Why Animal Fat is Good For You
By Sam Wass, Medium Well
In the last century, the human diet has changed more dramatically than at any other time in our existence. As food became cheaper and more available, we increased our calorie intake and became a larger and heavier society. Until fairly recently animal fat was an important part of our diet, but then it became ‘healthy eating’ enemy number one, and we hugely reduced the amount of animal fat we ate.
We now eat more trans fat, more sugars, more processed foods, and more vegetable oils than at any other time in history. Yet after more than 30 years of reducing the intake of animal fats, we are not healthier, just heavier. We need to stop and have a think about what we are eating and why. Our experiment with reducing fat hasn’t worked, it’s just made food taste worse.
It turned out that diets low in fat, leave people feeling hungry, depressed and prone to illness and weight gain. We replaced the reduced animal fat in our diet with sugars and other refined carbohydrates, which essentially got us fat. We replaced animal fats with man-made hydrogenated fats which are full of trans fat, which are difficult for our body to break down and process, so instead we store them as fat. They increase LDL and lower HDL which adversely affects cholesterol, and they promote diabetes and obesity by interfering with insulin production.
The other fats we’ve replaced animal fats with are polyunsaturated fats, used for cooking oils. As well as damaging cells, polyunsaturated fats have affected the balance of essential fatty acids (omega-6 and omega-3) in our bodies. Nutritionists recommend ideal consumption of twice as much omega-6 as omega-3 would be most beneficial to us, but we’re currently consuming up to twenty times more omega6 than omega-3, which has been linked to all kinds of issues such as cancer, weight gain and digestive issues. Sources of omega-3 are decreasing, such as meat and butter from grass-fed animals, whereas animals raised on a diet high in grain are full of omega-6.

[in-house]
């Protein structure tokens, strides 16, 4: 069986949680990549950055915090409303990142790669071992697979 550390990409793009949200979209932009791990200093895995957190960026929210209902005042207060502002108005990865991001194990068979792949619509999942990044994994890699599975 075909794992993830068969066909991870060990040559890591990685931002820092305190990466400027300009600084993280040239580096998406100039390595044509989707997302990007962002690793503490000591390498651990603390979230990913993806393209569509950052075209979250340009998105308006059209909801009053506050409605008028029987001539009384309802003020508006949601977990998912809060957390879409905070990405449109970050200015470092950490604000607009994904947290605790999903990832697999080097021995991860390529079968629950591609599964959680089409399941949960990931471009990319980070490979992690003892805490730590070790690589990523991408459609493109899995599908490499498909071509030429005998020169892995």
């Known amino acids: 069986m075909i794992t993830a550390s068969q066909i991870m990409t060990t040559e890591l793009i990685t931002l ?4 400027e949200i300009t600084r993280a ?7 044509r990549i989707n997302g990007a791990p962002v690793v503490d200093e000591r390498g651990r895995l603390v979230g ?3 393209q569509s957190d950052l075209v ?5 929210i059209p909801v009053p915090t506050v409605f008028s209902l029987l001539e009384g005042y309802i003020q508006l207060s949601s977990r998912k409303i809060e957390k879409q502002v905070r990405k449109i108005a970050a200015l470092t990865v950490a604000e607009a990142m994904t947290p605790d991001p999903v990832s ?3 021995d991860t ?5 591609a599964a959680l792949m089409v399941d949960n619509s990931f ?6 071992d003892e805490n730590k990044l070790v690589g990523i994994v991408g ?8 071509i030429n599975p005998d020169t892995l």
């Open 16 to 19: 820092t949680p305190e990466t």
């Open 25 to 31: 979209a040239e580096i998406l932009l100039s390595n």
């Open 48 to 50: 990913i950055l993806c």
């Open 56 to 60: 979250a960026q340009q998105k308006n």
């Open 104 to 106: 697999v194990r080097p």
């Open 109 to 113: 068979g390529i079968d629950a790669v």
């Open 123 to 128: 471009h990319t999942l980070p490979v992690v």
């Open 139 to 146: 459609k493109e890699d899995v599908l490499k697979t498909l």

Fear of fat is pretty much engrained on us, and we must try and alter this perception. While human nutrition is naturally complex, and no two bodies function identically, for the majority of people, eating fat isn’t the ‘health risk’ it was supposed to be. In fact, fat is good.
We need to re-evaluate our relationship with what we eat. Society has become so disconnected from the source of our food that we have now have less knowledge about where it comes from, how we buy it, how we cook it, and what and when we should be eating things. In the simplest terms, our generation has lost the ability and skills required to cook simple meals from scratch. We understand that we have to eat, but unless you cook a meal yourself you don’t understand what you are eating. If we do nothing about this we’ll leave generations behind us to suffer the control of big corporate global giant food producers.
We spend less time than ever sourcing food, preparing food and eating food. That can’t be healthy for society either socially or physically. Cooking and sharing a meal is an essential part of civilisation. It cultivates friendship and family bonding, and is a place to discuss, share and debate ideas.
To pass on this knowledge and understanding of food, we need to do start educating and informing people, especially the young. It’s not about celebrity chefs, social media self publicists or a quick ready-meal in front of the TV. It’s going to require us to become more responsible about where our food comes from, how it is raised, and how it is killed. We need to know how to cook them the best way, possible from the nose through to the tail, including the fat. Only then will be able to restore both our health and also the pleasure of the dinner table and eating.